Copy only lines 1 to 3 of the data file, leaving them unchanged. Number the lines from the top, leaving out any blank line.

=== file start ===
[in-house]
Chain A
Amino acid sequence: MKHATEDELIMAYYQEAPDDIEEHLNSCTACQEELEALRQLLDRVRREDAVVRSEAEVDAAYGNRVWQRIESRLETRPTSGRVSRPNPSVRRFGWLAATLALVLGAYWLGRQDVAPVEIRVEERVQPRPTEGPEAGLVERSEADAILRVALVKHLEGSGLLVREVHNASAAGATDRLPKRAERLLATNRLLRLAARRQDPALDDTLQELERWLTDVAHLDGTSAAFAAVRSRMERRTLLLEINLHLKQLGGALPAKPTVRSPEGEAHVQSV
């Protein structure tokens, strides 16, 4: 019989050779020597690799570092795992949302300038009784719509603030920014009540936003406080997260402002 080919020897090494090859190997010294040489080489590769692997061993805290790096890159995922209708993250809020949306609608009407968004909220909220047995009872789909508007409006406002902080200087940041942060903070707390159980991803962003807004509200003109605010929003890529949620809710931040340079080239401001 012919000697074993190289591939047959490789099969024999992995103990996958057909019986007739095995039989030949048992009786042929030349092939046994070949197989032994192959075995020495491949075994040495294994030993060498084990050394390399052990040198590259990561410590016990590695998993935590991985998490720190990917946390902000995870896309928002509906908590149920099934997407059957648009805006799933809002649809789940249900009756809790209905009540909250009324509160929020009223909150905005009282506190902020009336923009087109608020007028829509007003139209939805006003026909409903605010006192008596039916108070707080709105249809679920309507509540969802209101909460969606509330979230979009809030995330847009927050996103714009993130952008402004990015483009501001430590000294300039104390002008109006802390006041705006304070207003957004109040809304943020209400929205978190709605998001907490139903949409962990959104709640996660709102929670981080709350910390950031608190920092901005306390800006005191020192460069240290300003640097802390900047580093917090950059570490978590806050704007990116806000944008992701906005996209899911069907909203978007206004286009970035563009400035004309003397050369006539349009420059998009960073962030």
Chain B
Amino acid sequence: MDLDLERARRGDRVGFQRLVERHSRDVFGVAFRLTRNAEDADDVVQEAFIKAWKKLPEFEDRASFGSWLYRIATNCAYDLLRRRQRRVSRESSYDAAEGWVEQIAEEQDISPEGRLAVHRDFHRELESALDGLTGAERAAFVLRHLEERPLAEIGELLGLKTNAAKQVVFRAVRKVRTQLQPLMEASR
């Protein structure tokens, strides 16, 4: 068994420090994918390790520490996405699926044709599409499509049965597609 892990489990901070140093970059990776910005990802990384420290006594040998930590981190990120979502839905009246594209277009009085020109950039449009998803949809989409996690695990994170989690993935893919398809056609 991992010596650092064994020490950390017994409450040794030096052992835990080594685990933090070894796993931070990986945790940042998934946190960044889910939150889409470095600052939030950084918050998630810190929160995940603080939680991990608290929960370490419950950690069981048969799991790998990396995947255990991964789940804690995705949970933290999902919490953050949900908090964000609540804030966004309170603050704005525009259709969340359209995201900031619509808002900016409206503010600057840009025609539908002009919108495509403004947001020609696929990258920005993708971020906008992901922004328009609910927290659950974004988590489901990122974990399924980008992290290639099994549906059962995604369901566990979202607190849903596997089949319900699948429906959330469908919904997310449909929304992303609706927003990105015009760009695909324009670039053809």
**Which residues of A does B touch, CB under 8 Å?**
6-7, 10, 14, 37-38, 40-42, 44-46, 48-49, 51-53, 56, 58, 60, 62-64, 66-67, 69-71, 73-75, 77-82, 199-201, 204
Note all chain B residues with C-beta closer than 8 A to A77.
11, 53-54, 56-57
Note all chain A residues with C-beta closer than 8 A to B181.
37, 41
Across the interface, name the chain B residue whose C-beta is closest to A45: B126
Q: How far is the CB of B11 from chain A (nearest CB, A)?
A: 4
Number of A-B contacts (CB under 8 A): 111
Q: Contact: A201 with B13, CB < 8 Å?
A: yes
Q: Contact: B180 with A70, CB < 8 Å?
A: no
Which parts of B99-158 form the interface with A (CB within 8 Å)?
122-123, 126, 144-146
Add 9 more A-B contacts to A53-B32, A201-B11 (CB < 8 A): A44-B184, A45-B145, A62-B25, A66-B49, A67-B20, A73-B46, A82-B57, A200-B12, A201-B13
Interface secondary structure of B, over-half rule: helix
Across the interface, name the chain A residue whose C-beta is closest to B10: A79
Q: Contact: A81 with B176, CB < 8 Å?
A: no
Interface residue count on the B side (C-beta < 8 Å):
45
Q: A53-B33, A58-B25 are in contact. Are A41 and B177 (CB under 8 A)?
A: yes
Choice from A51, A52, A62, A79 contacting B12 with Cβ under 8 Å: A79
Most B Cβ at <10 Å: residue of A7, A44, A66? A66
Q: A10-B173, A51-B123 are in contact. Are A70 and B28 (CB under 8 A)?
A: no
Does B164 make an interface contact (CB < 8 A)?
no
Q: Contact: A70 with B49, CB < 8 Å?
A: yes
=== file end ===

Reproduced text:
[in-house]
Chain A
Amino acid sequence: MKHATEDELIMAYYQEAPDDIEEHLNSCTACQEELEALRQLLDRVRREDAVVRSEAEVDAAYGNRVWQRIESRLETRPTSGRVSRPNPSVRRFGWLAATLALVLGAYWLGRQDVAPVEIRVEERVQPRPTEGPEAGLVERSEADAILRVALVKHLEGSGLLVREVHNASAAGATDRLPKRAERLLATNRLLRLAARRQDPALDDTLQELERWLTDVAHLDGTSAAFAAVRSRMERRTLLLEINLHLKQLGGALPAKPTVRSPEGEAHVQSV